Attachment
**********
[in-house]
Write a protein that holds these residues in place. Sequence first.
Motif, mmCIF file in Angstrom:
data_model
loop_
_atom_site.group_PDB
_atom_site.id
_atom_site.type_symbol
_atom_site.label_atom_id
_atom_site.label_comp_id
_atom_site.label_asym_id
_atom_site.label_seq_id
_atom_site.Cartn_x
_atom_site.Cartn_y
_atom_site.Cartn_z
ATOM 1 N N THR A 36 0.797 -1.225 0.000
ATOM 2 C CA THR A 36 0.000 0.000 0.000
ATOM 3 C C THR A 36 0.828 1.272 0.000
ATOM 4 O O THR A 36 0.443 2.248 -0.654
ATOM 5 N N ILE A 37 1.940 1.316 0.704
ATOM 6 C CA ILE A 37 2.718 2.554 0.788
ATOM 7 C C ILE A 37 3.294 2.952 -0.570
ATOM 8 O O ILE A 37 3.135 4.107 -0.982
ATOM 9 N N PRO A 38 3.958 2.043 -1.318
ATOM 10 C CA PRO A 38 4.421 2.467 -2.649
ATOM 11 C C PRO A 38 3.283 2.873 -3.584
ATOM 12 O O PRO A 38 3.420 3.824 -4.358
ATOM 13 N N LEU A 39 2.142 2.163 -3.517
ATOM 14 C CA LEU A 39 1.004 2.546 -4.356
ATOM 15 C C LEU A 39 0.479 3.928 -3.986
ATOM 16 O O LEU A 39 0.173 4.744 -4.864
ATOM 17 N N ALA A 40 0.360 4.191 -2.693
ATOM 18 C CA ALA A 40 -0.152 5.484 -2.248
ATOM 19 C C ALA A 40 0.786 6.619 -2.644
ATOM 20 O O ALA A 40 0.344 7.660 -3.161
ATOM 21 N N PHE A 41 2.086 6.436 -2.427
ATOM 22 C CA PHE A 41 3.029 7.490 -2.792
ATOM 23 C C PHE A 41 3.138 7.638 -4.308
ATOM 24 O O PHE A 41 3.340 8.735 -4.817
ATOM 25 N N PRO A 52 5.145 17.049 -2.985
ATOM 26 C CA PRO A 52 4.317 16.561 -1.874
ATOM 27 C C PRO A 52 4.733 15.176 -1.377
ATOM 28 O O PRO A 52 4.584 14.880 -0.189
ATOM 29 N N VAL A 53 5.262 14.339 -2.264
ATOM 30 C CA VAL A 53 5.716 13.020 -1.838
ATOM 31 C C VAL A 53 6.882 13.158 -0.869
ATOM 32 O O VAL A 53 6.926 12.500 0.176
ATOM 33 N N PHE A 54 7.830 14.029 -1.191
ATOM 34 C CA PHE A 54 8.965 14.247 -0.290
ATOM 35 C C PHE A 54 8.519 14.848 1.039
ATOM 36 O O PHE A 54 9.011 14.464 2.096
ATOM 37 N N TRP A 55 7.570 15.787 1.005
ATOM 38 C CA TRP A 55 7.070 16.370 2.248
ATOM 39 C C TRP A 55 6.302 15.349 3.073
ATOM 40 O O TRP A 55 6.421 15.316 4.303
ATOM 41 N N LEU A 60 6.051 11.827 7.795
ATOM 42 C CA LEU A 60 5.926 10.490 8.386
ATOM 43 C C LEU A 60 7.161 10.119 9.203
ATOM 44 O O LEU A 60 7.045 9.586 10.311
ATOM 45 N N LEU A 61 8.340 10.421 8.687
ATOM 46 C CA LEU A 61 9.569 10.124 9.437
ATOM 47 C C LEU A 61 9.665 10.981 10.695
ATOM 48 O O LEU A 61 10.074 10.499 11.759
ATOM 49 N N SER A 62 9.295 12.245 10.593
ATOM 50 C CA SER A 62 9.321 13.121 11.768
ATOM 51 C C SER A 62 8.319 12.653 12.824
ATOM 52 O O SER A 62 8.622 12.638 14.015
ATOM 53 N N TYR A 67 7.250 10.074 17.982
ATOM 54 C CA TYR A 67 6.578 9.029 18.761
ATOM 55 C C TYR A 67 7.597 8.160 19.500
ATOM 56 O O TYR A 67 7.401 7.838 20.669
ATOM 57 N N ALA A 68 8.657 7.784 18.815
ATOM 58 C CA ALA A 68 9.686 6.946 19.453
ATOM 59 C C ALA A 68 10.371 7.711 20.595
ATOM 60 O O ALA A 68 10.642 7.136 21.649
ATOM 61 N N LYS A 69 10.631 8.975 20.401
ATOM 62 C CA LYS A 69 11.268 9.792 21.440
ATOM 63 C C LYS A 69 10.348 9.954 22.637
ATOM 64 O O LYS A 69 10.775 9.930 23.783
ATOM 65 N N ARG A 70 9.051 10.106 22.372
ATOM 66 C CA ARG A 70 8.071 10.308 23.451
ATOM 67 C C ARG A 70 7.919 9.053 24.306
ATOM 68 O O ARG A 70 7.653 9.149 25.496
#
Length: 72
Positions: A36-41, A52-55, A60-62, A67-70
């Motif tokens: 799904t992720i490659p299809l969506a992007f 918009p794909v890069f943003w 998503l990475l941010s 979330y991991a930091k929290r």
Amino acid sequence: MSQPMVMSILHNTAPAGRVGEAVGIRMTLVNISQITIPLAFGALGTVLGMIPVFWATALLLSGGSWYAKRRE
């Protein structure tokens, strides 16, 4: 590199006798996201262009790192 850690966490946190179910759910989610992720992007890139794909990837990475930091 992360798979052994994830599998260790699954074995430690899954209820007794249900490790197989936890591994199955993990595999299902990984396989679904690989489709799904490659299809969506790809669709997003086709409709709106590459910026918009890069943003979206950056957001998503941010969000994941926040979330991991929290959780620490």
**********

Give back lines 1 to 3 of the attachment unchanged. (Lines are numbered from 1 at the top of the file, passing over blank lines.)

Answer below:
[in-house]
Write a protein that holds these residues in place. Sequence first.
Motif, mmCIF file in Angstrom: